Johnson, Farage, Gove et al would have known they'd have a tough time trying to convince voters the UK would be able to find a better deal than that outside of the EU, so they didn't even bother. Instead the Leave campaign went full Britannia and painted a rosy backwards-looking dreamview of post-EU Britain that evaporated immediately following the referendum.

Remain's primary failing was that they believed they'd be campaigning on a level playing field. Honestly, it's no wonder Cameron ragequit the day after the result.

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Re: The Politics Thread

Postby Ekona » Fri Feb 03, 2017 3:15 pm

I blame people like my Dad. Every time we'd have a debate about the vote I'd counter every single argument he made, to which he'd agree with, and then he went and voted Leave anyway.

Now his holidays to his house in Florida are costing him significantly more, and I bet he doesn't feel quite so smug now :lol:
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Re: The Politics Thread

Postby Joe » Thu Feb 09, 2017 11:28 am

Joe wrote:Johnson, Farage, Gove et al would have known they'd have a tough time trying to convince voters the UK would be able to find a better deal than that outside of the EU, so they didn't even bother. Instead the Leave campaign went full Britannia and painted a rosy backwards-looking dreamview of post-EU Britain that evaporated immediately following the referendum.


Dominic Cummings, Vote Leave Director wrote:Pundits and MPs kept saying ‘why isn’t Leave arguing about the economy and living standards’. They did not realise that for millions of people, £350m/NHS was about the economy and living standards – that’s why it was so effective. It was clearly the most effective argument not only with the crucial swing fifth but with almost every demographic. Even with UKIP voters it was level-pegging with immigration. Would we have won without immigration? No. Would we have won without £350m/NHS? All our research and the close result strongly suggests No. Would we have won by spending our time talking about trade and the Single Market? No way.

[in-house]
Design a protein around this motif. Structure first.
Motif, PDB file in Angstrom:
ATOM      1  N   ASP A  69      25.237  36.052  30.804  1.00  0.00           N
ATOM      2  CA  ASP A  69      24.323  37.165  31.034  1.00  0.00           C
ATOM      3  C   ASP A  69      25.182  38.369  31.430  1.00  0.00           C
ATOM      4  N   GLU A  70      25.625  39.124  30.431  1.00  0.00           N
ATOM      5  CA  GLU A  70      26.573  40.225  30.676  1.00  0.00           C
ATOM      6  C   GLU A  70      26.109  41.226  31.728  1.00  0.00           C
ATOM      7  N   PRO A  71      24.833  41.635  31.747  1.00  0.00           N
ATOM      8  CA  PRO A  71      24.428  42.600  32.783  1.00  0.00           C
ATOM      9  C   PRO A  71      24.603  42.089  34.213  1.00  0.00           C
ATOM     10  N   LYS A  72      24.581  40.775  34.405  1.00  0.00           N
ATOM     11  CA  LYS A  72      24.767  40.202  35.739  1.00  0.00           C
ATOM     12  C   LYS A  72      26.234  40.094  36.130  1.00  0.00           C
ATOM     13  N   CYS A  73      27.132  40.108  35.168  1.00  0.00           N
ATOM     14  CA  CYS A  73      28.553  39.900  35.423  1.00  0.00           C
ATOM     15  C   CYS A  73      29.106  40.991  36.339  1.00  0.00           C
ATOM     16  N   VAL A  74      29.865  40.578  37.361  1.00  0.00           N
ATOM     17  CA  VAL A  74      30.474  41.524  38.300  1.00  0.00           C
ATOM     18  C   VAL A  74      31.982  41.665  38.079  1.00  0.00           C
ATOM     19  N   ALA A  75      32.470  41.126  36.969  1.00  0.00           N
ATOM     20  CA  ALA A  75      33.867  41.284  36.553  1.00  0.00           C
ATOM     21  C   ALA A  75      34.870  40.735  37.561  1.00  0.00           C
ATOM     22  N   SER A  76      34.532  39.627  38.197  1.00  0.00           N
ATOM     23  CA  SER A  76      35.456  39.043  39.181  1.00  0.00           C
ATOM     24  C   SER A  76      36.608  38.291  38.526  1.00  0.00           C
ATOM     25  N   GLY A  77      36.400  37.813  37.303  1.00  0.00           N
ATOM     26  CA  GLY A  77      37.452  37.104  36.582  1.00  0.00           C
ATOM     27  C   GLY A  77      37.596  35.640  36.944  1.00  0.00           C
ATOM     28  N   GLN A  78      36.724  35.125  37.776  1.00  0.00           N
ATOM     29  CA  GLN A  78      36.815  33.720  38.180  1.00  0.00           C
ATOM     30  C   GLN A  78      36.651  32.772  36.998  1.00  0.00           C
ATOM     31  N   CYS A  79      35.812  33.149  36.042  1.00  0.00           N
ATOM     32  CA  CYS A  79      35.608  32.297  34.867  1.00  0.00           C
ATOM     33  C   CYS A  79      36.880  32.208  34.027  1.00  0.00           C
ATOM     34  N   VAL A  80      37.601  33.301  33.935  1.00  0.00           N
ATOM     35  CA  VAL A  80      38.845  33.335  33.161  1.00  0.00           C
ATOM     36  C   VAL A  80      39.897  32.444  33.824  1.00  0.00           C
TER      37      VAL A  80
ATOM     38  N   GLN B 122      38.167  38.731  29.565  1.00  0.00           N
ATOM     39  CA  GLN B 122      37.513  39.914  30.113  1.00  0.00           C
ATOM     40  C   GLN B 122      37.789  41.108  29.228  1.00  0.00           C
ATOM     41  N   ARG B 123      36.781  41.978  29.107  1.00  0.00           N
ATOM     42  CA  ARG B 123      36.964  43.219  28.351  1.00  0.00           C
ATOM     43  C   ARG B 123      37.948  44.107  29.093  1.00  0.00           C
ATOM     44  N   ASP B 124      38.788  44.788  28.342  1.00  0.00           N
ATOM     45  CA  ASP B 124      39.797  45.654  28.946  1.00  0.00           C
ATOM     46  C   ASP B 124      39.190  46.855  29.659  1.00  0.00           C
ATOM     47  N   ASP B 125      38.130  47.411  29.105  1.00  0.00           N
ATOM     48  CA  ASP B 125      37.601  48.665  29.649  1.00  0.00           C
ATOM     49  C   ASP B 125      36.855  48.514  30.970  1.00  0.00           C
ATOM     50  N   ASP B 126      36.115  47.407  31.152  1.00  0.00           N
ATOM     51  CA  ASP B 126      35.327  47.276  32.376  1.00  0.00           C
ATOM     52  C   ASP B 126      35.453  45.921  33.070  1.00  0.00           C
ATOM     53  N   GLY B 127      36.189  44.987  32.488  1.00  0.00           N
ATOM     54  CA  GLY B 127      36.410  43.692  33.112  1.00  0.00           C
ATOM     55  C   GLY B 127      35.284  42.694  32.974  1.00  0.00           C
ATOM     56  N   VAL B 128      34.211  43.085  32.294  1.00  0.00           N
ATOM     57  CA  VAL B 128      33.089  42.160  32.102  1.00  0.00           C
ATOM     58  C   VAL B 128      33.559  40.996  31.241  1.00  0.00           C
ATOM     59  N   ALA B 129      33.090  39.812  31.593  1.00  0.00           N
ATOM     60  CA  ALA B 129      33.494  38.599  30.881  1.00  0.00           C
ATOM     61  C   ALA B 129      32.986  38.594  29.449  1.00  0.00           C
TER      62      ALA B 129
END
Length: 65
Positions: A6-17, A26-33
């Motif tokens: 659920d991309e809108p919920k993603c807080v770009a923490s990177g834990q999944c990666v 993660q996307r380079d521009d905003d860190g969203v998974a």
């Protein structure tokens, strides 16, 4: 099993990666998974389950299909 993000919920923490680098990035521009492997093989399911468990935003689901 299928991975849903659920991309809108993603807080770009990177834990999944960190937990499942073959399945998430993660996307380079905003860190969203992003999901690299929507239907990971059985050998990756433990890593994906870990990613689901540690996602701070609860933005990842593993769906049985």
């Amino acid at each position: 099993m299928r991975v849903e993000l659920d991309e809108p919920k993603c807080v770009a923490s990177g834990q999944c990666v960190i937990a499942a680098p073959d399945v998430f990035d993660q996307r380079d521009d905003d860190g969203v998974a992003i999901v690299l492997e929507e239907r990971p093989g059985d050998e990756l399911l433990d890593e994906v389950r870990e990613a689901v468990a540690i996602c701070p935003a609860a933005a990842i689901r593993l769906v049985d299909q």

via http://blogs.spectator.co.uk/2017/01/do ... endum-won/

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Re: The Politics Thread

Postby Joe » Thu Feb 09, 2017 11:37 am

Also from that post:

Some people now claim this was cynical and we never intended to spend more on the NHS. Wrong. Boris and Gove were agreed and determined to do exactly this. On the morning of 24 June they both came into HQ. In the tiny ‘operations room’ amid beer cans, champagne bottles, and general bedlam I said to Boris – on day one of being PM you should immediately announce the extra £100 million per week for the NHS [the specific pledge we’d made] is starting today and more will be coming – you should start off by being unusual, a political who actually delivers what they promise. ‘Absolutely. ABSOLUTELY. We MUST do this, no question, we’ll park our tanks EVERYWHERE’ he said. Gove strongly agreed


Yesterday Boris voted against the amendment to Article 50 Bill to give the NHS that money.